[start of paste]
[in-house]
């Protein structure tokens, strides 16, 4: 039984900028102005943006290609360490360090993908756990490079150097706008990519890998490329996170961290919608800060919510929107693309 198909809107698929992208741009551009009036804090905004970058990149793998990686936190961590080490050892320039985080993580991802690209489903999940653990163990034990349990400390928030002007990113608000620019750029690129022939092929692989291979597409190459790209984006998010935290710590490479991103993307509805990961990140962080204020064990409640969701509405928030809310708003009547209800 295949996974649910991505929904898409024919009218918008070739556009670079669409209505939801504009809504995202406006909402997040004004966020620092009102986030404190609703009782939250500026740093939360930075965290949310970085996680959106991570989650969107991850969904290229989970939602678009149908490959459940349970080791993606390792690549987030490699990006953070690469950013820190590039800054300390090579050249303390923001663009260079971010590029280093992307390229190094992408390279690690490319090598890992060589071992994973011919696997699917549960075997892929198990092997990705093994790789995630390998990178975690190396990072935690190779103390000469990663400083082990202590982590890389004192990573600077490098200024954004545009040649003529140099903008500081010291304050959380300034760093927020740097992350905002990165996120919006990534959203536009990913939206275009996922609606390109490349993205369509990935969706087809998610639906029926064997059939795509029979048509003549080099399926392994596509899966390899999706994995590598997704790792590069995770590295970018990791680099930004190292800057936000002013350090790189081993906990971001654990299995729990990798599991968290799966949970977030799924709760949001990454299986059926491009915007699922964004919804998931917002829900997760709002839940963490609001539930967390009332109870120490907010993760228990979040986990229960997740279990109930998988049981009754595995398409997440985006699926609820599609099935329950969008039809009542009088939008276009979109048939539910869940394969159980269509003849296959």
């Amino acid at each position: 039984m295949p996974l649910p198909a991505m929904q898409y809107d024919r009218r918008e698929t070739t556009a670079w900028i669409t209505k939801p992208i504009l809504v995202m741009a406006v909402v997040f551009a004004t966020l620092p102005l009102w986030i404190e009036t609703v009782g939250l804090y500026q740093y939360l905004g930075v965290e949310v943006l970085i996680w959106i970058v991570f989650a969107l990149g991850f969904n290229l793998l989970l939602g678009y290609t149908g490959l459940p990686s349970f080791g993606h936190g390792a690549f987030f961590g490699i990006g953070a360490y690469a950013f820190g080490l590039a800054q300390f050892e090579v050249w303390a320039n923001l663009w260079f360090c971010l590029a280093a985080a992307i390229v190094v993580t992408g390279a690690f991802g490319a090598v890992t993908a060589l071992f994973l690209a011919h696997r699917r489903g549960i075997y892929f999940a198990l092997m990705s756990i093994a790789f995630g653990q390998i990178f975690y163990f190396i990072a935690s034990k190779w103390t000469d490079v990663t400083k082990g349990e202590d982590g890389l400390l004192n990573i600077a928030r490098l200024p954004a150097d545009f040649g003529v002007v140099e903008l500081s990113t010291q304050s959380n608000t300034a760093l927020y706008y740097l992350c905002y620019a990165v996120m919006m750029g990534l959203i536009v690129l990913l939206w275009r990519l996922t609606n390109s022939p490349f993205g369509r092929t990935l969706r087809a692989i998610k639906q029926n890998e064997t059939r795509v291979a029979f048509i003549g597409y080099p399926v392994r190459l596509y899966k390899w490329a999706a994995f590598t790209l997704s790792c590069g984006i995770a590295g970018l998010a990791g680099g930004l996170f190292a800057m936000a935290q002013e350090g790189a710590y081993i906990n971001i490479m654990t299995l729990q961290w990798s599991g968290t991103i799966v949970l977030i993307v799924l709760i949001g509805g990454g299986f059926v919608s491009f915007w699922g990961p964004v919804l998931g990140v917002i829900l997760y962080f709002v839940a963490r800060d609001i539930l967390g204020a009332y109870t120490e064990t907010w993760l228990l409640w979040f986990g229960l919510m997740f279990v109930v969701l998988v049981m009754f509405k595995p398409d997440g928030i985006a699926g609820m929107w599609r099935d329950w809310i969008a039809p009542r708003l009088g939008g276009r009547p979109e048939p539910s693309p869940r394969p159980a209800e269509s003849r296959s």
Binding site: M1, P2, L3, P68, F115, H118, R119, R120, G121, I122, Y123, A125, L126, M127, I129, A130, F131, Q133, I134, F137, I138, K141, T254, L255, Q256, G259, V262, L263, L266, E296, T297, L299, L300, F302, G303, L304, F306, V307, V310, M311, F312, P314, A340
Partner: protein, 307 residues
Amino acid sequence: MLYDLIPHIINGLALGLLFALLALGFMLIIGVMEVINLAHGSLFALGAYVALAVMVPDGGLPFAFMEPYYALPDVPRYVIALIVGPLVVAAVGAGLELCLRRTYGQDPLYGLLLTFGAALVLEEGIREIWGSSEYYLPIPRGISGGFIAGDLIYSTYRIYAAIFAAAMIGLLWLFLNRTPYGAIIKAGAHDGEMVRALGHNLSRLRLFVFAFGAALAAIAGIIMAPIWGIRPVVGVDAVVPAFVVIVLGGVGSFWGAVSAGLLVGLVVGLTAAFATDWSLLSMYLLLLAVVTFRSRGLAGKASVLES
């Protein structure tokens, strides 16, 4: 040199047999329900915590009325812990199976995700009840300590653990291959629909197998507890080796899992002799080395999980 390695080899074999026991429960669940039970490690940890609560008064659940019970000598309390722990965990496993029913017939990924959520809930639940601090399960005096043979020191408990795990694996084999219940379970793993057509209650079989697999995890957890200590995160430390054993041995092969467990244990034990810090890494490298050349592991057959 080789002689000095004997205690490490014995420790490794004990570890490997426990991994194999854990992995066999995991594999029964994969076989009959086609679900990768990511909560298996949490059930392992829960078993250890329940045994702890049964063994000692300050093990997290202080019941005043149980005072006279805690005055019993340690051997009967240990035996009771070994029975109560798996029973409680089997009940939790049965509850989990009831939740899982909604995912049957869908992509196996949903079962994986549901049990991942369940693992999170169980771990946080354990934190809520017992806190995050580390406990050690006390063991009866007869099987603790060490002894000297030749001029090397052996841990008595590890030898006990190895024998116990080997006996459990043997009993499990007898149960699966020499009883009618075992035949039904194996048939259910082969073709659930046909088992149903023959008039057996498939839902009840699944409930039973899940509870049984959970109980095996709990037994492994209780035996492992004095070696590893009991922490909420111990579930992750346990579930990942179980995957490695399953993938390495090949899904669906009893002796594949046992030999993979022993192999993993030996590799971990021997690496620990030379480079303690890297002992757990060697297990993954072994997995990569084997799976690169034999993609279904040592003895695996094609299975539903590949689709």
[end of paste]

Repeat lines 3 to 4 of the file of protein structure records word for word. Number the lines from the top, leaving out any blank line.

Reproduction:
């Amino acid at each position: 039984m295949p996974l649910p198909a991505m929904q898409y809107d024919r009218r918008e698929t070739t556009a670079w900028i669409t209505k939801p992208i504009l809504v995202m741009a406006v909402v997040f551009a004004t966020l620092p102005l009102w986030i404190e009036t609703v009782g939250l804090y500026q740093y939360l905004g930075v965290e949310v943006l970085i996680w959106i970058v991570f989650a969107l990149g991850f969904n290229l793998l989970l939602g678009y290609t149908g490959l459940p990686s349970f080791g993606h936190g390792a690549f987030f961590g490699i990006g953070a360490y690469a950013f820190g080490l590039a800054q300390f050892e090579v050249w303390a320039n923001l663009w260079f360090c971010l590029a280093a985080a992307i390229v190094v993580t992408g390279a690690f991802g490319a090598v890992t993908a060589l071992f994973l690209a011919h696997r699917r489903g549960i075997y892929f999940a198990l092997m990705s756990i093994a790789f995630g653990q390998i990178f975690y163990f190396i990072a935690s034990k190779w103390t000469d490079v990663t400083k082990g349990e202590d982590g890389l400390l004192n990573i600077a928030r490098l200024p954004a150097d545009f040649g003529v002007v140099e903008l500081s990113t010291q304050s959380n608000t300034a760093l927020y706008y740097l992350c905002y620019a990165v996120m919006m750029g990534l959203i536009v690129l990913l939206w275009r990519l996922t609606n390109s022939p490349f993205g369509r092929t990935l969706r087809a692989i998610k639906q029926n890998e064997t059939r795509v291979a029979f048509i003549g597409y080099p399926v392994r190459l596509y899966k390899w490329a999706a994995f590598t790209l997704s790792c590069g984006i995770a590295g970018l998010a990791g680099g930004l996170f190292a800057m936000a935290q002013e350090g790189a710590y081993i906990n971001i490479m654990t299995l729990q961290w990798s599991g968290t991103i799966v949970l977030i993307v799924l709760i949001g509805g990454g299986f059926v919608s491009f915007w699922g990961p964004v919804l998931g990140v917002i829900l997760y962080f709002v839940a963490r800060d609001i539930l967390g204020a009332y109870t120490e064990t907010w993760l228990l409640w979040f986990g229960l919510m997740f279990v109930v969701l998988v049981m009754f509405k595995p398409d997440g928030i985006a699926g609820m929107w599609r099935d329950w809310i969008a039809p009542r708003l009088g939008g276009r009547p979109e048939p539910s693309p869940r394969p159980a209800e269509s003849r296959s």
Binding site: M1, P2, L3, P68, F115, H118, R119, R120, G121, I122, Y123, A125, L126, M127, I129, A130, F131, Q133, I134, F137, I138, K141, T254, L255, Q256, G259, V262, L263, L266, E296, T297, L299, L300, F302, G303, L304, F306, V307, V310, M311, F312, P314, A340